In 2010, Sim Chi Yin threw away the “cushy, secure life” that comes with the job of staff foreign correspondent for the Straits Times, Singapore’s popular English-language daily, to become a freelance photographer. “I wanted to learn to swim or sink on my own,” she tells TIME.

Four years later, Sim has established herself as a photojournalist, working regularly on assignment for the New York Times. “In 2010, I got a Magnum Foundation fellowship, which allowed me to study with photographer Susan Meiselas and [academic] Fred Ritchin,” she says. “This prepared me for my major transition from text journalism to freelance photography.”

Now, after spending three years in VII Photo’s Mentor Program, with Marcus Bleasdale overseeing her work, Sim has been offered a position of interim member at the agency. “It’s a great honor to be offered a spot in a collective with some of the leading documentary photographers in the field,” she says. “Since I quit my writing job, I've been thrown into assignment photographic work rather quickly. I now would very much like to do more thoughtful, meaningful projects and group projects on global issues.”

For the next couple of years, Sim will pay VII Photo’s monthly membership fees and participate in the agency’s internal meetings, but she won’t hold voting rights. In 2016, she will be able to apply for full membership.

"Agencies aren’t really about getting assignments and resales these days,” she notes. “There’s of course some brand recognition that comes with being associated with VII, especially in the West, but for me it really comes down to what I can do within this group—banding together under the broad common interests of doing socially meaningful storytelling.”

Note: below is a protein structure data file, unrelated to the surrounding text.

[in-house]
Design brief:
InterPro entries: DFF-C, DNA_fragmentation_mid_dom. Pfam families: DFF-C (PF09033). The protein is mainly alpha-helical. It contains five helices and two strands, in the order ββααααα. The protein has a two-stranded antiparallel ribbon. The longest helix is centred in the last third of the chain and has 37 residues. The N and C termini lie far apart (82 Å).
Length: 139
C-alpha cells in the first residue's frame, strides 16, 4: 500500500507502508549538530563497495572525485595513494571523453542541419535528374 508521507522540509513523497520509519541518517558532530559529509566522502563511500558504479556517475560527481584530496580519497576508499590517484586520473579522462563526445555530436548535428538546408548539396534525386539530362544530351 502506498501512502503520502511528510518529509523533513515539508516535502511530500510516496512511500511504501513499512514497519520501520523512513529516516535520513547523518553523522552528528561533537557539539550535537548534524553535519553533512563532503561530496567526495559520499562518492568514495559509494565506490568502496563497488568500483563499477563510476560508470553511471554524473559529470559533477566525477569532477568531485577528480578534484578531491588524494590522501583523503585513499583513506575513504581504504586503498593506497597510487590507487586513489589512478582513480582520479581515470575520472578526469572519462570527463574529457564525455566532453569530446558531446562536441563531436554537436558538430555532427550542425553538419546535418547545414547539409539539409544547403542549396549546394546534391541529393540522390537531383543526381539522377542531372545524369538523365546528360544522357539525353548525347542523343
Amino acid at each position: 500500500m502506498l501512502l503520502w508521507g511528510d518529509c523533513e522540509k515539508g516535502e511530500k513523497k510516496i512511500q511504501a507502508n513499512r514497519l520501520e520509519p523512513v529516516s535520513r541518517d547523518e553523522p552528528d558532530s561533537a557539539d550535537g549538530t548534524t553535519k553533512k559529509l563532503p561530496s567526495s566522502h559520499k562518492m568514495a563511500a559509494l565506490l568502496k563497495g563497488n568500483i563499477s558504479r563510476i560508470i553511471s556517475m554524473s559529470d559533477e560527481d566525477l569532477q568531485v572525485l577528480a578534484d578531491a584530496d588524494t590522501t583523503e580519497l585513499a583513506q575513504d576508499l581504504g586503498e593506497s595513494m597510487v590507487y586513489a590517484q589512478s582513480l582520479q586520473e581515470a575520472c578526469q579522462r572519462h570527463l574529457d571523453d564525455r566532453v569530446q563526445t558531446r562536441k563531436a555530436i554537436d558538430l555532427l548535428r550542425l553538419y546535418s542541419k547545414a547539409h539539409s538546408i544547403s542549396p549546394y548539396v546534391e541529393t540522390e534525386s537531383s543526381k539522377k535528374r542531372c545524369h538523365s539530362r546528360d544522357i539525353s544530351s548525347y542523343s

Sim also hopes she’ll be able to build VII Photo’s profile in China and across Asia. “China is an important country, and I hope to be able to find partnerships in this part of the world [to create links] with the Western-centered photography industry,” she tells TIME. “I believe we can use visual storytelling and photography, both universal languages, to enhance our bonds and build understanding.”

In the meantime, Sim is finishing her long-term project, "Dying to Breathe," a print and multimedia body of work on Chinese gold miners who suffer from silicosis. “I’m currently drafting a community engagement campaign for that project, using photographs as a base to craft a public health education plan.”

Her nine years as a print journalist has deeply influenced that work, she says. “In a place like China, sometimes reporting calls for quick judgment and a whole lot of strategizing—how to get what you need without getting caught, without getting the subject into trouble, for instance.” As a writer, she’s learned to find stories, research them and hone the news angle—precious skills for a photographer on assignment.

"When I first started filing pictures to VII, the staff remarked that all my captions were long and felt like mini stories. I think there are a lot of great images and very well informed projects. But I think there are also images that can [benefit from] more research and rigor. I’d like to see more photographers writing about their work, the craft and their subjects. It’s always interesting to read, especially since photographers [usually] spend more time with their subjects than writers do. We should be hearing their voices.”

Sim Chi Yin is a photographer based in Beijing, China. She is represented by VII Photo.

Olivier Laurent is the editor of TIME LightBox. Follow him on Twitter and Instagram @olivierclaurent.

All products and services featured are based solely on editorial selection. TIME may receive compensation for some links to products and services on this website.